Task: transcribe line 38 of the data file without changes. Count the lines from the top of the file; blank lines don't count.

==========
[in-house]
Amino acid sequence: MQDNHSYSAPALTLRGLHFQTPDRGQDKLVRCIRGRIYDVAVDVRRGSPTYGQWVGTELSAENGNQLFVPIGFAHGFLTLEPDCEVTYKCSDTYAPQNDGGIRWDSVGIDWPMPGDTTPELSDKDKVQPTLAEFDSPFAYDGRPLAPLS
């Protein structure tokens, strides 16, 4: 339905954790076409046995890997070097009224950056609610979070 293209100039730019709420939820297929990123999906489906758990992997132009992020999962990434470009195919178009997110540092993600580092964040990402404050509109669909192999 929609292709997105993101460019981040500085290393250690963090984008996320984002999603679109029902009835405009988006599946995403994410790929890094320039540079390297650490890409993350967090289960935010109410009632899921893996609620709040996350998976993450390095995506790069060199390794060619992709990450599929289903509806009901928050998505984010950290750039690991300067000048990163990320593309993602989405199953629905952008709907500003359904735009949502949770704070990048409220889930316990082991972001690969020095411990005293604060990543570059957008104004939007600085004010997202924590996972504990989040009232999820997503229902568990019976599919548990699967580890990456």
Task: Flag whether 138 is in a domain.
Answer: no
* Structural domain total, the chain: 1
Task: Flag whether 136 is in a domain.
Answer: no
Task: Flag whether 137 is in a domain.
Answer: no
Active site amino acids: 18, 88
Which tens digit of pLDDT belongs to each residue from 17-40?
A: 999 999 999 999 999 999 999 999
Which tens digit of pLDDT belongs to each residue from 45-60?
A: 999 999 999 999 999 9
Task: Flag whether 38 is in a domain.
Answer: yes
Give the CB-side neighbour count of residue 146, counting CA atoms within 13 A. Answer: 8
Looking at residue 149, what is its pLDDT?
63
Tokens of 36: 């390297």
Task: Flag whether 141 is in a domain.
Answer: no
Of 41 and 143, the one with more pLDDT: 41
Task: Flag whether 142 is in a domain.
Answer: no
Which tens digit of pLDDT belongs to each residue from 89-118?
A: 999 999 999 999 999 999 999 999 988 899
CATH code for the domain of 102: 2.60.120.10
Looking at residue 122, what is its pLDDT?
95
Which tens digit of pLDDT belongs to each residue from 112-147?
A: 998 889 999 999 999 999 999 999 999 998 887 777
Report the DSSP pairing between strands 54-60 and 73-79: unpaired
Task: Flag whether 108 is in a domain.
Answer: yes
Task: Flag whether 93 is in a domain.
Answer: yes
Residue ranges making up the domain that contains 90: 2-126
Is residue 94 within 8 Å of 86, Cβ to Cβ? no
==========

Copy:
Answer: yes